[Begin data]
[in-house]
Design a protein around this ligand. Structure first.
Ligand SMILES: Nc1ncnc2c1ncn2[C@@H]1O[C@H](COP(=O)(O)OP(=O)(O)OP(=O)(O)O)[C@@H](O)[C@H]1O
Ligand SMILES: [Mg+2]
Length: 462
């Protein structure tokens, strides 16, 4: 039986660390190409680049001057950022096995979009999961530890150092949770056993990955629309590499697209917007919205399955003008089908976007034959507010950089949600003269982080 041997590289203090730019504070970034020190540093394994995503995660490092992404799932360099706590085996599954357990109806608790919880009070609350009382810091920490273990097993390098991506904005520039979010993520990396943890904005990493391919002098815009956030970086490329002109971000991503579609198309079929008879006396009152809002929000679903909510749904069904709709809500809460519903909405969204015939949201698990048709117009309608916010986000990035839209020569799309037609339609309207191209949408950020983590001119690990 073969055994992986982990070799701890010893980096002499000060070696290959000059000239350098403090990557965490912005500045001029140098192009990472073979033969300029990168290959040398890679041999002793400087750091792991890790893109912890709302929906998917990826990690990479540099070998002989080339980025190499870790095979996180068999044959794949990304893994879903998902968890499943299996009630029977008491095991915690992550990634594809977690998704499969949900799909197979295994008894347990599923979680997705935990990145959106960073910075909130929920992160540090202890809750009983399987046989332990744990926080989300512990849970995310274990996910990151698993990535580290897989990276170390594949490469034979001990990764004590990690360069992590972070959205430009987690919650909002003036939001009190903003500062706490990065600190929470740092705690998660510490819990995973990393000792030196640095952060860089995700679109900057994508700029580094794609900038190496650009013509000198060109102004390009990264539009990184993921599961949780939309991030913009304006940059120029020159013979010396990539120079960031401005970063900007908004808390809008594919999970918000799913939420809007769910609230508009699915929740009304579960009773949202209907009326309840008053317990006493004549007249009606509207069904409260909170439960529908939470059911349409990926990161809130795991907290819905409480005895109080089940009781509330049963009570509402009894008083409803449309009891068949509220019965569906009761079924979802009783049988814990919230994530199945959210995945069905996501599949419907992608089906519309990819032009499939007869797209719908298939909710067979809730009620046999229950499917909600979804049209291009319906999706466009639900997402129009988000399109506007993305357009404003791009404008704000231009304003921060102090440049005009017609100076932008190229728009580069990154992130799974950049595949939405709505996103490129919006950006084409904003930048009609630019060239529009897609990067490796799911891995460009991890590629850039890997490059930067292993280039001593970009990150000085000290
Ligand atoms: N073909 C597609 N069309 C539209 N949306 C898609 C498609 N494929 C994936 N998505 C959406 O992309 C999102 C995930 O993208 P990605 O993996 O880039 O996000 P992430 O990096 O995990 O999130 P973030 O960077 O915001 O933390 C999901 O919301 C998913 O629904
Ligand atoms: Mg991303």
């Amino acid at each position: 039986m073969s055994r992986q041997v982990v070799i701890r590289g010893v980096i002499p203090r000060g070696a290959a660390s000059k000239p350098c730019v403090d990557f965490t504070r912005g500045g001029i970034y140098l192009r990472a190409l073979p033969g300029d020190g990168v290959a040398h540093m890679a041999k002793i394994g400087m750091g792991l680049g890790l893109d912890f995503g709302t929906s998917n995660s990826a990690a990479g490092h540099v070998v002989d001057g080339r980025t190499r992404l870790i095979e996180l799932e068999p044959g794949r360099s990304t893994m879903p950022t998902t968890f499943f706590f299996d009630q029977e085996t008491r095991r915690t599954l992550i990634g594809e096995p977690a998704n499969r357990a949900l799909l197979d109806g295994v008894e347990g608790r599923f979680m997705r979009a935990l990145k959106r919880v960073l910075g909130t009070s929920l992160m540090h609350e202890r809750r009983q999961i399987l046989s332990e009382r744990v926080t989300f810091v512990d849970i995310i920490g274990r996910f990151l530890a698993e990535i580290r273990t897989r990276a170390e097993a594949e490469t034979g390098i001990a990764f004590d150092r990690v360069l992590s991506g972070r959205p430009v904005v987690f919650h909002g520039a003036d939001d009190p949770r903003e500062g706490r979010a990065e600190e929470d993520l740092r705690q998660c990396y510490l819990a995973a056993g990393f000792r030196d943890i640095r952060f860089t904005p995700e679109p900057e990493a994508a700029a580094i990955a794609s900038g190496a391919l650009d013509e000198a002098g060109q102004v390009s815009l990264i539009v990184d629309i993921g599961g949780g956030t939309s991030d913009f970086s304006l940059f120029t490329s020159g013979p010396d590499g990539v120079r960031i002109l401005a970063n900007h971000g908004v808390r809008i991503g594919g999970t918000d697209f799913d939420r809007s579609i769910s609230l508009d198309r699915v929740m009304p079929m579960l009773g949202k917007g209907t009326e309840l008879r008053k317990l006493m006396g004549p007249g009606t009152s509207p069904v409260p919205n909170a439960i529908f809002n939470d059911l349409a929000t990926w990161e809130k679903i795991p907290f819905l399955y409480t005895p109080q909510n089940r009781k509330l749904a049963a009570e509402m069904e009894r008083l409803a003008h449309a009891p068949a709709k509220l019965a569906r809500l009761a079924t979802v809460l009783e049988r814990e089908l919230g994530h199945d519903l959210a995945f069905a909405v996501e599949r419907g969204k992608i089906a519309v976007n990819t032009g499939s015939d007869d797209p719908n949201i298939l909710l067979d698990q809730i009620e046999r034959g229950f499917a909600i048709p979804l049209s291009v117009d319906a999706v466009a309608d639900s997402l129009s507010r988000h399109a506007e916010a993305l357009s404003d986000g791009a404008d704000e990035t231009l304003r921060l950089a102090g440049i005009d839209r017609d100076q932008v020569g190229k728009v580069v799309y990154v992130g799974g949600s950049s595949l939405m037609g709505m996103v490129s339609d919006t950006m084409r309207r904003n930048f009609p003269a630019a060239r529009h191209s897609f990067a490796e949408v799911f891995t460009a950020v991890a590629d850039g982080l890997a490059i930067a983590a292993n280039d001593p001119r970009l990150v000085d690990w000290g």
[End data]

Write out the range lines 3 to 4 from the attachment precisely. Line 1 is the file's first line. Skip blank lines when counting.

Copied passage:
Ligand SMILES: Nc1ncnc2c1ncn2[C@@H]1O[C@H](COP(=O)(O)OP(=O)(O)OP(=O)(O)O)[C@@H](O)[C@H]1O
Ligand SMILES: [Mg+2]